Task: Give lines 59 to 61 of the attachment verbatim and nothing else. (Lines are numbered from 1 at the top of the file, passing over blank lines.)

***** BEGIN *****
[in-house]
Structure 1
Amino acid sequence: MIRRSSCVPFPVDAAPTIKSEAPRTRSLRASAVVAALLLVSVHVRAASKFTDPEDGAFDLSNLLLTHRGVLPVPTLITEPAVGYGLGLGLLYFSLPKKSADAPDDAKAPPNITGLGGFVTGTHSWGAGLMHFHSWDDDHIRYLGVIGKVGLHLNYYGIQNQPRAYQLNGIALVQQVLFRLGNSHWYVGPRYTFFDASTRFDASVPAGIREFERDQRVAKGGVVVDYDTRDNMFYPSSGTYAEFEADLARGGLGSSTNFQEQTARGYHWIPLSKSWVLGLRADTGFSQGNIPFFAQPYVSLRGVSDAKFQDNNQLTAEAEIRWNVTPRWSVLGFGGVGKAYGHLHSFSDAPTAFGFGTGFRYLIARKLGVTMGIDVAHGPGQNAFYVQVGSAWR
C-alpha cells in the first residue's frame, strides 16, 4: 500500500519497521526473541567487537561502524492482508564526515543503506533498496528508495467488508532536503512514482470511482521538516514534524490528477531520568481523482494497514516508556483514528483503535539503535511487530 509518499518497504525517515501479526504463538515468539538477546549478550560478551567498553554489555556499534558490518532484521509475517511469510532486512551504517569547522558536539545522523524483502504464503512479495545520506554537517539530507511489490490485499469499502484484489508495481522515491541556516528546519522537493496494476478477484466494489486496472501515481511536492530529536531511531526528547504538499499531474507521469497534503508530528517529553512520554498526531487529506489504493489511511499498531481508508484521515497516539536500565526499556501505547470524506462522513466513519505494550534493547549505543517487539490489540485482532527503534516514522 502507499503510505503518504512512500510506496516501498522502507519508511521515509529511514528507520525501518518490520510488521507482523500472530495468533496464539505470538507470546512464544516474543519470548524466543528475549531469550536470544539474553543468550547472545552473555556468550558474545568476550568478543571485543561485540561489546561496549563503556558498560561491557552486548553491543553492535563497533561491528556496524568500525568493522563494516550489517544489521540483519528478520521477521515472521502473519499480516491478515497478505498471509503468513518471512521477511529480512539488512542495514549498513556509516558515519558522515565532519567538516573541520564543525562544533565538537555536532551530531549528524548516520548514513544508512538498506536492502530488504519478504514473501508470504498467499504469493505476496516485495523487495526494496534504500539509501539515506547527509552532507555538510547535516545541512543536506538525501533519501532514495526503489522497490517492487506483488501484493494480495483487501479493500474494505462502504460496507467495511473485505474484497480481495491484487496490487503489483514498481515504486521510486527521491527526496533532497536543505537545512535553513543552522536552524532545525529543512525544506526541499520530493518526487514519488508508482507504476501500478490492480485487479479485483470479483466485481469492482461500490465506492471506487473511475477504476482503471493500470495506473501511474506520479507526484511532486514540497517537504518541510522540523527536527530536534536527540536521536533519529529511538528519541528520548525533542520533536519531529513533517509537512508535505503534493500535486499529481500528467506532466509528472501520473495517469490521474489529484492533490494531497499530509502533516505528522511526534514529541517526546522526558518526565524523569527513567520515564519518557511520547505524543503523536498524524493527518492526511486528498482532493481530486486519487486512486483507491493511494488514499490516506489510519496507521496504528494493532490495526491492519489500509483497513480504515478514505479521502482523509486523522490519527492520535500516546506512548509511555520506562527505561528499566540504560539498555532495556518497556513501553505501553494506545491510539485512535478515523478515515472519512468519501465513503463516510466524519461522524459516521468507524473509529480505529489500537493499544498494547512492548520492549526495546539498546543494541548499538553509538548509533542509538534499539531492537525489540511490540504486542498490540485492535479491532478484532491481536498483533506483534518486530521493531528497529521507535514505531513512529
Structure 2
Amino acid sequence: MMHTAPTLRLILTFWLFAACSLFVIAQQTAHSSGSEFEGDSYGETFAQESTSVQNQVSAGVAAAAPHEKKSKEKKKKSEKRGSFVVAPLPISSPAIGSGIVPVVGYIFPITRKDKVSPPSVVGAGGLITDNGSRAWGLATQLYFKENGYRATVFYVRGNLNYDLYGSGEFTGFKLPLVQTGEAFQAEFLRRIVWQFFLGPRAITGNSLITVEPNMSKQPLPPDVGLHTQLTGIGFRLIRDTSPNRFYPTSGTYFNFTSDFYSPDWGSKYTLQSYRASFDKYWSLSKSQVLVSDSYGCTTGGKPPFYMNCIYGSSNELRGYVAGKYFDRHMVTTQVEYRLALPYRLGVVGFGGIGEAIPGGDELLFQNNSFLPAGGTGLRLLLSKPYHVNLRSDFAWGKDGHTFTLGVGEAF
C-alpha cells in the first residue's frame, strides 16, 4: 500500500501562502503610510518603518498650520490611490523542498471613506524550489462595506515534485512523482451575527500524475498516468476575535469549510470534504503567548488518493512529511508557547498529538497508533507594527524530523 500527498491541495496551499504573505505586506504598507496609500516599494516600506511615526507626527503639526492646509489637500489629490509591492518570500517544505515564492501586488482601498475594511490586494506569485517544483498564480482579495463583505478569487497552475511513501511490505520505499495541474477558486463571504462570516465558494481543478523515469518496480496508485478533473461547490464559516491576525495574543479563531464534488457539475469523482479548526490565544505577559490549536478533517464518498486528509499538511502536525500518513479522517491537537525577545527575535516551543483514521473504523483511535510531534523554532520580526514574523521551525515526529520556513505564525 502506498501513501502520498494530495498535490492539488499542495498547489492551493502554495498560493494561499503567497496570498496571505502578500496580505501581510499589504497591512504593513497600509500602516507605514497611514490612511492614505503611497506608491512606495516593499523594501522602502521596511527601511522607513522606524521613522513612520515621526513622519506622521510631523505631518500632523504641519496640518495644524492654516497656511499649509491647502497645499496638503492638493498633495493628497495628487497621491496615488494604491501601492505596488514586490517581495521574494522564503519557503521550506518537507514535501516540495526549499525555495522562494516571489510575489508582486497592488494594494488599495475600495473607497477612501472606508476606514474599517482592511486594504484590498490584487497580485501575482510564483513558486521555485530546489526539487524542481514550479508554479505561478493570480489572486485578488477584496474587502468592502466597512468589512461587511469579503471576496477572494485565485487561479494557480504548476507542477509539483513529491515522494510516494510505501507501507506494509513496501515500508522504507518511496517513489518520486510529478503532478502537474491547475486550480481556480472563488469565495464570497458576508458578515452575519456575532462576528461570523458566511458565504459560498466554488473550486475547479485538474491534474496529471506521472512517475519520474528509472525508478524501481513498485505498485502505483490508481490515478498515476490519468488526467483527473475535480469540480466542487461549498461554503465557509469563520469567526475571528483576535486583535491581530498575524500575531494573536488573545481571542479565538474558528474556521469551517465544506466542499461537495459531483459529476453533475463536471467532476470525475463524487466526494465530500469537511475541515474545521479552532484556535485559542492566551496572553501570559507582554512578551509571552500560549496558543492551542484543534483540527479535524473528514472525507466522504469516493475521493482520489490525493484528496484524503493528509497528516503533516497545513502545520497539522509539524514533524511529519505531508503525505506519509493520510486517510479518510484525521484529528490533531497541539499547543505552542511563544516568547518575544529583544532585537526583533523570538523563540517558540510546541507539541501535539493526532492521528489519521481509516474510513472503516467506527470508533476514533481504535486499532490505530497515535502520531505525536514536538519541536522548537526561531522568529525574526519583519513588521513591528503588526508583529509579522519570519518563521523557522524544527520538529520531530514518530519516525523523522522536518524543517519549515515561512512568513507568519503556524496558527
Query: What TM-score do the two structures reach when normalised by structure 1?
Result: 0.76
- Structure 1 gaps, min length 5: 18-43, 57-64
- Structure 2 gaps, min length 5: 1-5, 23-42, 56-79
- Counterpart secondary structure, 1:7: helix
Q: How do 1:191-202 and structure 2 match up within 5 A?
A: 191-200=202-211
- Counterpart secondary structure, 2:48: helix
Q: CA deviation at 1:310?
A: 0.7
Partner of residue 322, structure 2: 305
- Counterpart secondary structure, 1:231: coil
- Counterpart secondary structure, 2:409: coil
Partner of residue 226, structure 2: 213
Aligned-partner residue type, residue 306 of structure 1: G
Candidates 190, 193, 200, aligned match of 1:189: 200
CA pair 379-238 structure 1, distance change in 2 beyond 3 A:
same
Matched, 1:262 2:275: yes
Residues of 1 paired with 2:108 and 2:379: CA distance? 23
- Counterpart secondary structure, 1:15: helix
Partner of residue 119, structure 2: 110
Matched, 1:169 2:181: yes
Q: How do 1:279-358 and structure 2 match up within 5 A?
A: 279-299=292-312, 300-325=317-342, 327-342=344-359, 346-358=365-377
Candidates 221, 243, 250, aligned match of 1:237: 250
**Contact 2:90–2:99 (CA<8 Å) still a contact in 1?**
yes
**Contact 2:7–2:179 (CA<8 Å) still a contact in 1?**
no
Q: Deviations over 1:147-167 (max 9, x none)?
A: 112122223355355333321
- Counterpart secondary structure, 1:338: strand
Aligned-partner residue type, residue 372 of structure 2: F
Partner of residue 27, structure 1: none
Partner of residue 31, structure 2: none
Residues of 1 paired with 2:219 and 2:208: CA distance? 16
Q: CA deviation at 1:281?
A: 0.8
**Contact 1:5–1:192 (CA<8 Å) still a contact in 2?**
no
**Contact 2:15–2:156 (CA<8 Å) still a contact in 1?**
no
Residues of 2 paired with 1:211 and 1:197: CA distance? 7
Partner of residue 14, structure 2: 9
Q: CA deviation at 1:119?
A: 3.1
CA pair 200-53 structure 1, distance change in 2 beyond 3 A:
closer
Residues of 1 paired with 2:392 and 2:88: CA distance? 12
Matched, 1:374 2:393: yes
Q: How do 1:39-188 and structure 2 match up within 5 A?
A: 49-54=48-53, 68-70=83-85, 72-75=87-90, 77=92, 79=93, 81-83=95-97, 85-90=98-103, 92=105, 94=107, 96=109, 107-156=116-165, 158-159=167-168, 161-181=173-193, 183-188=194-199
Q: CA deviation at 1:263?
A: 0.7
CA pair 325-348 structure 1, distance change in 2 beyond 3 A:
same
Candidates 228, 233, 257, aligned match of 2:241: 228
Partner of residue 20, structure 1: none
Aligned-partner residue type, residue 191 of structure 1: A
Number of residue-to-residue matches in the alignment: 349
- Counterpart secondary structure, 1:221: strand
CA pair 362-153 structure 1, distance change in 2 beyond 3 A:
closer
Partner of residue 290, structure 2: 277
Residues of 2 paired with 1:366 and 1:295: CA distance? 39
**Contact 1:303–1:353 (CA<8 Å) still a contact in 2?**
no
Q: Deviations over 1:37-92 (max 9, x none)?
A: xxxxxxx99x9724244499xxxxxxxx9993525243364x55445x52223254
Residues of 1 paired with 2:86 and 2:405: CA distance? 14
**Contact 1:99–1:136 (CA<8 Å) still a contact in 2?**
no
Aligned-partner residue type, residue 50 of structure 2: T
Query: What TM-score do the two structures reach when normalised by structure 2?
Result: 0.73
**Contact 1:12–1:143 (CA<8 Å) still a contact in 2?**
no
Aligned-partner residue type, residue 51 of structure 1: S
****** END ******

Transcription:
Q: How do 1:39-188 and structure 2 match up within 5 A?
A: 49-54=48-53, 68-70=83-85, 72-75=87-90, 77=92, 79=93, 81-83=95-97, 85-90=98-103, 92=105, 94=107, 96=109, 107-156=116-165, 158-159=167-168, 161-181=173-193, 183-188=194-199
Q: CA deviation at 1:263?